alexa Plexiform neurofibromas in NF1: toward biologic-based therapy.

Author(s): Packer RJ, Gutmann DH, Rubenstein A, Viskochil D, Zimmerman RA,

Abstract Share this page

Abstract Neurofibromatosis type 1 (NF1) is one of the most common neurogenetic diseases affecting adults and children. Neurofibromas are one of the most common of the protean manifestations of NF1. Plexiform neurofibromas, which will frequently cause cosmetic abnormalities, pain, and neurologic deficits, are composed of "neoplastic" Schwann cells accompanied by other participating cellular and noncellular components. There is increasing evidence that loss of NF1 expression in neoplastic Schwann cells is associated with elevated levels of activated RAS, supporting the notion that the NF1 gene product, neurofibromin, acts as a growth regulator by inhibiting ras growth-promoting activity. In addition, there is increasing evidence that other cooperating events, which may be under cytokine modulation, are important for neurofibroma development and growth. Treatment of plexiform neurofibromas has been empiric, with surgery being the primary option for those with progressive lesions causing a major degree of morbidity. The efficacy of alternative treatment approaches, including the use of antihistamines, maturation agents, and antiangiogenic drugs, has been questionable. More recently, biologic-based therapeutic approaches, using drugs that target the molecular genetic underpinnings of plexiform neurofibromas or cytokines believed important in tumor growth, have been initiated. Evaluation of such trials is hindered by the unpredictable natural history of plexiform neurofibromas and difficulties in determining objective response in tumors that are notoriously large and irregular in shape. Innovative neuroimaging techniques and the incorporation of quality-of-life scales may be helpful in evaluation of therapeutic interventions. The ability to design more rational therapies for NF1-associated neurofibromas is heavily predicated on an improved understanding of the molecular and cellular biology of the cells involved in neurofibroma formation and growth.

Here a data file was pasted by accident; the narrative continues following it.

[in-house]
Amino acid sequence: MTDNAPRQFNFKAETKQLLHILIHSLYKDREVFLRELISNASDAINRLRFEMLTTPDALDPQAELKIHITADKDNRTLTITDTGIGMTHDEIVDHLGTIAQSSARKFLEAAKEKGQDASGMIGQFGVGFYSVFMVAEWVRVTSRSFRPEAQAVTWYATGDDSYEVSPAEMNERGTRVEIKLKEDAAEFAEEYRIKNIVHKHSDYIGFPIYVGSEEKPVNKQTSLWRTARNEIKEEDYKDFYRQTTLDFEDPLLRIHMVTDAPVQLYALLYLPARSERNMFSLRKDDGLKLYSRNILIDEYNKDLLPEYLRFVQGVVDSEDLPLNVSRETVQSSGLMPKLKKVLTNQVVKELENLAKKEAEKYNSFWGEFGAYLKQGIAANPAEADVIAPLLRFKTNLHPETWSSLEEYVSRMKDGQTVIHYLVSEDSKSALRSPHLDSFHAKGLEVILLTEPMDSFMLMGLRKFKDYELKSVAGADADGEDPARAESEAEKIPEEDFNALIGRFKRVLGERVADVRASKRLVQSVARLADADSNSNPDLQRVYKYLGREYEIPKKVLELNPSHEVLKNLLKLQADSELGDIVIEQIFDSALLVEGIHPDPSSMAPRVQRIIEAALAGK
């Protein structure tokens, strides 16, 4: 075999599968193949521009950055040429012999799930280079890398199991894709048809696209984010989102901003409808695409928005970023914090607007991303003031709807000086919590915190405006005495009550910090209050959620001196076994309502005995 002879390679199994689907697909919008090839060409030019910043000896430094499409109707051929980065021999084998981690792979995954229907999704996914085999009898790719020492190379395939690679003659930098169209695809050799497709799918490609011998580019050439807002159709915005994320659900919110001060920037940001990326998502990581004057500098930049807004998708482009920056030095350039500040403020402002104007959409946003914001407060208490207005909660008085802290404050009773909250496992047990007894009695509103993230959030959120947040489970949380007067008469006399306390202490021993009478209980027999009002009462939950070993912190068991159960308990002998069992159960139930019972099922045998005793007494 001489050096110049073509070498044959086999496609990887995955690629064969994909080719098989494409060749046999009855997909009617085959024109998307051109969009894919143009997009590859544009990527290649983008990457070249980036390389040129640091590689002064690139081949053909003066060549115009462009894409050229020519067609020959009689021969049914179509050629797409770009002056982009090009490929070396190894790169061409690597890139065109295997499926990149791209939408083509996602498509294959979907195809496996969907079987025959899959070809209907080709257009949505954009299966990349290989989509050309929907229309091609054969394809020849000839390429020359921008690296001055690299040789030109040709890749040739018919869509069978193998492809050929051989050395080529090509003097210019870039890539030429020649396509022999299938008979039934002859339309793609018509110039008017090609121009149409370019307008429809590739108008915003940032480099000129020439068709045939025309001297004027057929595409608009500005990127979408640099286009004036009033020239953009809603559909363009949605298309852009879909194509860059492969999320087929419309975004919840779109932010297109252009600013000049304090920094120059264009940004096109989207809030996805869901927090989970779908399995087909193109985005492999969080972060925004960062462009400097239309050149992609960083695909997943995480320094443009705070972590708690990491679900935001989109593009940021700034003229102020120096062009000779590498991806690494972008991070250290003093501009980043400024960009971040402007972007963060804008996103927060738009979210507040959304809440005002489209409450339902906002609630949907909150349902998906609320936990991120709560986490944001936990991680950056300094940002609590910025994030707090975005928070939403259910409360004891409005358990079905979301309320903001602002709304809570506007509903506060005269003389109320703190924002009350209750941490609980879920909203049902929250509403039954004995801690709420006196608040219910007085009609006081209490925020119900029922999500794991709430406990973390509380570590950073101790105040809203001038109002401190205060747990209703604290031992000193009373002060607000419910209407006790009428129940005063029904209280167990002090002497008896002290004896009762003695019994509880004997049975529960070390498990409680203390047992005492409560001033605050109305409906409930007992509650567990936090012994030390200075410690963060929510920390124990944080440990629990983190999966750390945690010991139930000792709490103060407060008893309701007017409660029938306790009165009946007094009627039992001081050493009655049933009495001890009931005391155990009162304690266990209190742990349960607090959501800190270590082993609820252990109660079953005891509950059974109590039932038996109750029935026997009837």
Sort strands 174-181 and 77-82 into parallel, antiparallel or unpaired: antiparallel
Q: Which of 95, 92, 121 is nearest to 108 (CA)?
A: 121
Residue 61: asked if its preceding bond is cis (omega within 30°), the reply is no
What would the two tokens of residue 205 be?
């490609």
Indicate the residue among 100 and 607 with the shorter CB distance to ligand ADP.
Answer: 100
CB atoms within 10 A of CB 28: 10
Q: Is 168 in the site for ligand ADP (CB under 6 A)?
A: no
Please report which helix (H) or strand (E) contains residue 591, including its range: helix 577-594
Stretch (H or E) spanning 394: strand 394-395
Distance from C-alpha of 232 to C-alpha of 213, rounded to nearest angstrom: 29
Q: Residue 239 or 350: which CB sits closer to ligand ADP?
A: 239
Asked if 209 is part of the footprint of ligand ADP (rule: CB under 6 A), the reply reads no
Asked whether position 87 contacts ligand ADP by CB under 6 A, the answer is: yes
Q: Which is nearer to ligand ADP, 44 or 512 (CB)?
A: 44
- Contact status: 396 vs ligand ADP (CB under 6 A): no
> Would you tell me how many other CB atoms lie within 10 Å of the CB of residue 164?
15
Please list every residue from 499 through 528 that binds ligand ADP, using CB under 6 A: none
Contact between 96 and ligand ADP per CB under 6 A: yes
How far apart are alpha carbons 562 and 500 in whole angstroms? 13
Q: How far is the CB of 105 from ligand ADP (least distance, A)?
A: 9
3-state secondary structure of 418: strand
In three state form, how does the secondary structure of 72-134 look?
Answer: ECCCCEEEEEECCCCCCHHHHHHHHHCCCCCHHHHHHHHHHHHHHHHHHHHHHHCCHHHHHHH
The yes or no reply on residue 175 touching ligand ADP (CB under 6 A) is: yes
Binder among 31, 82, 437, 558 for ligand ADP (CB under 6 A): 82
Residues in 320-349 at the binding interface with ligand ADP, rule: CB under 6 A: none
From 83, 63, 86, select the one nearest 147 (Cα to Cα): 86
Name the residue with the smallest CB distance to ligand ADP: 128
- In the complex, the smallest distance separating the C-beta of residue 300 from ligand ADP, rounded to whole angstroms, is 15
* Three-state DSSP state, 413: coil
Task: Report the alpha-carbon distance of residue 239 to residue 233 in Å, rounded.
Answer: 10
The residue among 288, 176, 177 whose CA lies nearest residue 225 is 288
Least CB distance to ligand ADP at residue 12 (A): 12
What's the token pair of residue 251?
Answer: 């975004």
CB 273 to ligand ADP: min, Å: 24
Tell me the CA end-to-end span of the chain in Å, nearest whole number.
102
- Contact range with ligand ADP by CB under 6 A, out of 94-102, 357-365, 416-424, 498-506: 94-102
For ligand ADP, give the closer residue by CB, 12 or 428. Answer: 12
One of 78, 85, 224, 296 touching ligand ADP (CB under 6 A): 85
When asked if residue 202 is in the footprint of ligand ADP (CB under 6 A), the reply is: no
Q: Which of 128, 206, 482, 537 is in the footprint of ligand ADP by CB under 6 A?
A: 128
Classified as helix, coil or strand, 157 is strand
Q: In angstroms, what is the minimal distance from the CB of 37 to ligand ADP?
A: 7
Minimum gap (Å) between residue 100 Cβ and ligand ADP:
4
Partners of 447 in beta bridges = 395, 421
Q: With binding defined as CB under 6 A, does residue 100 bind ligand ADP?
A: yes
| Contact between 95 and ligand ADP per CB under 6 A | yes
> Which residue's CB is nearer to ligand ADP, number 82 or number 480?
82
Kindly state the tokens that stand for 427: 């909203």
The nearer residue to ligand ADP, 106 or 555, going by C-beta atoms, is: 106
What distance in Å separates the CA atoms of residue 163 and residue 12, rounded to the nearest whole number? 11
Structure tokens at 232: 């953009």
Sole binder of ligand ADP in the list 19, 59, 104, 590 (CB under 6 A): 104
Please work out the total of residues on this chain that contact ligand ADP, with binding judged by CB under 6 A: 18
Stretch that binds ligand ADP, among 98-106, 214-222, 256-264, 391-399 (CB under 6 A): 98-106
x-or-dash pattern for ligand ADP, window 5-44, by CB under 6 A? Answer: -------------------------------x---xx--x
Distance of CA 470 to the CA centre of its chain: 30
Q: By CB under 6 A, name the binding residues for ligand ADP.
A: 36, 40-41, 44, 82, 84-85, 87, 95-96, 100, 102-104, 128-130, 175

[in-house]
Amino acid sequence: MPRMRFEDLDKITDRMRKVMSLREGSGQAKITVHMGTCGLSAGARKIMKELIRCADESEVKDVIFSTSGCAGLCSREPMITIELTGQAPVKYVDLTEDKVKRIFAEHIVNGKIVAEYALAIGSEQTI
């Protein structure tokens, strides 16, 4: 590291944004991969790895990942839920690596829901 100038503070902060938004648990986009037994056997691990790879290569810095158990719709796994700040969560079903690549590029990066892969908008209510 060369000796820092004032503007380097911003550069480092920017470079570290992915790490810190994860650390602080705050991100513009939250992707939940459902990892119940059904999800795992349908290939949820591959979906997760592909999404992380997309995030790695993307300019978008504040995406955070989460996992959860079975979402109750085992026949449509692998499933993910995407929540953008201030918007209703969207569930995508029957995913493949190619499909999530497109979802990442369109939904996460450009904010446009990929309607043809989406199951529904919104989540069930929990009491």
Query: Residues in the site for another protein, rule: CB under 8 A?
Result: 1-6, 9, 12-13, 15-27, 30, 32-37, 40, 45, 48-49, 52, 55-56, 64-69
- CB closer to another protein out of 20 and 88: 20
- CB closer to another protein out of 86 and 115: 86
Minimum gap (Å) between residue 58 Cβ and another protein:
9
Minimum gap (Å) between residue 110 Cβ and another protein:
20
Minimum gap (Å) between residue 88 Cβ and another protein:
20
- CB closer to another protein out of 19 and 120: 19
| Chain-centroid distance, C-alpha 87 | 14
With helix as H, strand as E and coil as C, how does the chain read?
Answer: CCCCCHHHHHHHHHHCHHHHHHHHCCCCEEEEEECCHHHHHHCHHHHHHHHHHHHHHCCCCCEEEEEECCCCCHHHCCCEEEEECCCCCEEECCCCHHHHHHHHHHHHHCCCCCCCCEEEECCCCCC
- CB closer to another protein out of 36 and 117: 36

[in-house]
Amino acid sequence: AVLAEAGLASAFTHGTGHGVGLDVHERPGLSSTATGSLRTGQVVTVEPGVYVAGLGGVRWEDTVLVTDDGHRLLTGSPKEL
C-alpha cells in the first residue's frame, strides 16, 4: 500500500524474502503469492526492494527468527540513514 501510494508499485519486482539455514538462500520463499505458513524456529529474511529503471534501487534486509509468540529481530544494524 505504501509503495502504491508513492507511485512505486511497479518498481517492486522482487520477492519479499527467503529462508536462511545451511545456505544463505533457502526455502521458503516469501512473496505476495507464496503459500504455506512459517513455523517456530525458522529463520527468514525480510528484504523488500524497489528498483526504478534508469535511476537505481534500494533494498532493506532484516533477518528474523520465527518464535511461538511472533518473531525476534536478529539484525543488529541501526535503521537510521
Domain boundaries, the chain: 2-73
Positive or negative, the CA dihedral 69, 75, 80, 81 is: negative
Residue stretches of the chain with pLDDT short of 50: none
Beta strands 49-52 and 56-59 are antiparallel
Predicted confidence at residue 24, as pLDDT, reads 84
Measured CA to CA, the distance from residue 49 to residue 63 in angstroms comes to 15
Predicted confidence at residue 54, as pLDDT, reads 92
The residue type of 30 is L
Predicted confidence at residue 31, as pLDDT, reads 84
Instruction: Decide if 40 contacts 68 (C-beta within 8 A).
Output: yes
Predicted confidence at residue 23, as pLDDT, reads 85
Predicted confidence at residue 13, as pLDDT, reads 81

This article was published in Neurology and referenced in

Relevant Expert PPTs

Relevant Speaker PPTs

Recommended Conferences

Recommended Journals

Relevant Topics

Peer Reviewed Journals
 
Make the best use of Scientific Research and information from our 700 + peer reviewed, Open Access Journals
International Conferences 2017-18
 
Meet Inspiring Speakers and Experts at our 3000+ Global Annual Meetings

Contact Us

Agri & Aquaculture Journals

Dr. Krish

[email protected]

1-702-714-7001Extn: 9040

Biochemistry Journals

Datta A

[email protected]

1-702-714-7001Extn: 9037

Business & Management Journals

Ronald

[email protected]

1-702-714-7001Extn: 9042

Chemistry Journals

Gabriel Shaw

[email protected]

1-702-714-7001Extn: 9040

Clinical Journals

Datta A

[email protected]

1-702-714-7001Extn: 9037

Engineering Journals

James Franklin

[email protected]

1-702-714-7001Extn: 9042

Food & Nutrition Journals

Katie Wilson

[email protected]

1-702-714-7001Extn: 9042

General Science

Andrea Jason

[email protected]

1-702-714-7001Extn: 9043

Genetics & Molecular Biology Journals

Anna Melissa

[email protected]

1-702-714-7001Extn: 9006

Immunology & Microbiology Journals

David Gorantl

[email protected]

1-702-714-7001Extn: 9014

Materials Science Journals

Rachle Green

[email protected]

1-702-714-7001Extn: 9039

Nursing & Health Care Journals

Stephanie Skinner

[email protected]

1-702-714-7001Extn: 9039

Medical Journals

Nimmi Anna

[email protected]

1-702-714-7001Extn: 9038

Neuroscience & Psychology Journals

Nathan T

[email protected]

1-702-714-7001Extn: 9041

Pharmaceutical Sciences Journals

Ann Jose

[email protected]

1-702-714-7001Extn: 9007

Social & Political Science Journals

Steve Harry

[email protected]

1-702-714-7001Extn: 9042

 
© 2008- 2017 OMICS International - Open Access Publisher. Best viewed in Mozilla Firefox | Google Chrome | Above IE 7.0 version
adwords